One of the most serious issues for information technology (IT) administrators using virtual private networks (VPNs) is determining whether the client computer that is being granted access to the corporate network is safe. After all, the user is somewhere out on the Internet, often with her own home-based computer, and there is no way to be sure that her computer has a firewall enabled and virus protection installed, administrative lockdown controls in place, split-tunneling enabled, and so forth.
How does an IT administrator make sure that connection computers conform to the corporate standards of security prior to allowing it to access the network? Also, how does the IT administrator make the connection—and the security that goes with it—easy for their employees to activate on their home computers?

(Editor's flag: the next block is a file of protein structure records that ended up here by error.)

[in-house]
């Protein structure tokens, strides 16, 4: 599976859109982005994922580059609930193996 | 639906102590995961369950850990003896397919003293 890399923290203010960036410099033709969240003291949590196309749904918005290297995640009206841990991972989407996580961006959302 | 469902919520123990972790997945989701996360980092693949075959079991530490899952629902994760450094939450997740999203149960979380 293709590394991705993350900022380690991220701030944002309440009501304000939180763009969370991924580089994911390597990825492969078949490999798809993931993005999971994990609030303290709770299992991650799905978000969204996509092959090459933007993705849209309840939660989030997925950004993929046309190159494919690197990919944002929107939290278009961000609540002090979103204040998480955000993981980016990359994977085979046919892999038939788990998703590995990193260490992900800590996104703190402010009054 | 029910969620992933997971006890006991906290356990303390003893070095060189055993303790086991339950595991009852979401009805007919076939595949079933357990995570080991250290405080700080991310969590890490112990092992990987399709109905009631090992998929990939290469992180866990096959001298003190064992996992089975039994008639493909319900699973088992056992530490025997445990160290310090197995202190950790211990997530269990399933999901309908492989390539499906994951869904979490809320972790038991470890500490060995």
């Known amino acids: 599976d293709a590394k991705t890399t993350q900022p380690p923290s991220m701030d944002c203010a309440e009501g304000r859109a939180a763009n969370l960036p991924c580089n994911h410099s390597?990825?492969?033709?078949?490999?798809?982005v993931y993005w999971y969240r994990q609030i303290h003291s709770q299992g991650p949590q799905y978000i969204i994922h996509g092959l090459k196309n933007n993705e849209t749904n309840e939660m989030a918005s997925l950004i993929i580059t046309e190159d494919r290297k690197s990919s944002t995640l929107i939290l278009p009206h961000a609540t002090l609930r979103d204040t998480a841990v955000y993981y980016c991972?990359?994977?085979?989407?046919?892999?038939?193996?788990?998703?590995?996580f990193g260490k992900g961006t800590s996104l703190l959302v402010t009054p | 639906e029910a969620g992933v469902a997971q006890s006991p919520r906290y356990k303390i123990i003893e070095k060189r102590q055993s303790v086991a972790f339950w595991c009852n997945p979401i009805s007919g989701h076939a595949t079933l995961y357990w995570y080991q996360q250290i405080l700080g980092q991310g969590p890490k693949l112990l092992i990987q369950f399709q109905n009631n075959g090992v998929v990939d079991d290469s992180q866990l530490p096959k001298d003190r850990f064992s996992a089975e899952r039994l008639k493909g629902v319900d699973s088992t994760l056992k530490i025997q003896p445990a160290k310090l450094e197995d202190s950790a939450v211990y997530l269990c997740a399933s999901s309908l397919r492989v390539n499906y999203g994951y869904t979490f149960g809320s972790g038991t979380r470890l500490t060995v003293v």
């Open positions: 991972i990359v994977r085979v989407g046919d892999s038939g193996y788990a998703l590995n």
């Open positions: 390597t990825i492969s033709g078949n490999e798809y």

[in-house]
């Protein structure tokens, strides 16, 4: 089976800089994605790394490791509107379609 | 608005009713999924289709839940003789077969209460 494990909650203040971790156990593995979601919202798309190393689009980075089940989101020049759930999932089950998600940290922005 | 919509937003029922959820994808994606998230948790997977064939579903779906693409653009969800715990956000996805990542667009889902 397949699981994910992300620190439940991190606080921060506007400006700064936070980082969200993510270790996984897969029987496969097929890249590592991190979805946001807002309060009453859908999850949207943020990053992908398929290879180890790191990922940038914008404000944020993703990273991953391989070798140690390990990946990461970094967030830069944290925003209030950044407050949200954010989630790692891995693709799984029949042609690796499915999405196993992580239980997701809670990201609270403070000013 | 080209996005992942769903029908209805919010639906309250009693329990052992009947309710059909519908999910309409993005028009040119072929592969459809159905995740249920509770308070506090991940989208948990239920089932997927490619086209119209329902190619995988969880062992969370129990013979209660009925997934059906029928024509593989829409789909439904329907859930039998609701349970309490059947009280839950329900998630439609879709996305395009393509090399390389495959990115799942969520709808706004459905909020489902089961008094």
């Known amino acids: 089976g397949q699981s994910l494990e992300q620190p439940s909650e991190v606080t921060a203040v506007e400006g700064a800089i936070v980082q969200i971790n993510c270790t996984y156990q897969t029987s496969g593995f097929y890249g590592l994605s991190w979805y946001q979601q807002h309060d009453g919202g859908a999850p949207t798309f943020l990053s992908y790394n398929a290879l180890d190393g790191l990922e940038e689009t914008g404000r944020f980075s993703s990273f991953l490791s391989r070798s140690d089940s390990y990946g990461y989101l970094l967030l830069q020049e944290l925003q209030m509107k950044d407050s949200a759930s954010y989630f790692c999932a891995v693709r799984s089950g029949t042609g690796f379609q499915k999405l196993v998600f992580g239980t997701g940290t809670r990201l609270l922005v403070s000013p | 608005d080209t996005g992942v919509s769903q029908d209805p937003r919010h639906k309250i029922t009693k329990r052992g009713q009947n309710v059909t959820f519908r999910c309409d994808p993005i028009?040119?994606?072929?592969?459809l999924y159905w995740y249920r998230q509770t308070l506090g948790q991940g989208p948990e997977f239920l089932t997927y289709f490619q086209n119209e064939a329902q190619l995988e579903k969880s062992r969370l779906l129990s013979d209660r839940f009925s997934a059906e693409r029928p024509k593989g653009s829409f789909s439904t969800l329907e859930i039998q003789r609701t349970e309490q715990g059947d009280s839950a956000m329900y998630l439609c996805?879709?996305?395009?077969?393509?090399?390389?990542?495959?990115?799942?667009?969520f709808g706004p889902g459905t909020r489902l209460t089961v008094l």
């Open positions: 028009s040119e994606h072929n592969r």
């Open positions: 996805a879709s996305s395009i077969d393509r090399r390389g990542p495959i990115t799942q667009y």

IT administrators who design and implement remote access solutions often face two problems:
How does an administrator enforce network access requirements on remote computers? The administrator doesn’t have control over what happens on any remote computer when it is not on the organization’s network, and therefore, the administrator is exposing their organization’s network to potentially dangerous situations.
How does an administrator deploy a practical implementation of Layer Two Tunneling Protocol with Internet Protocol Security (L2TP/IPSec) remote access VPN without making it difficult for the user? This is a problem because setting up a remote access connection is not exactly intuitive, as we saw in the previous chapter.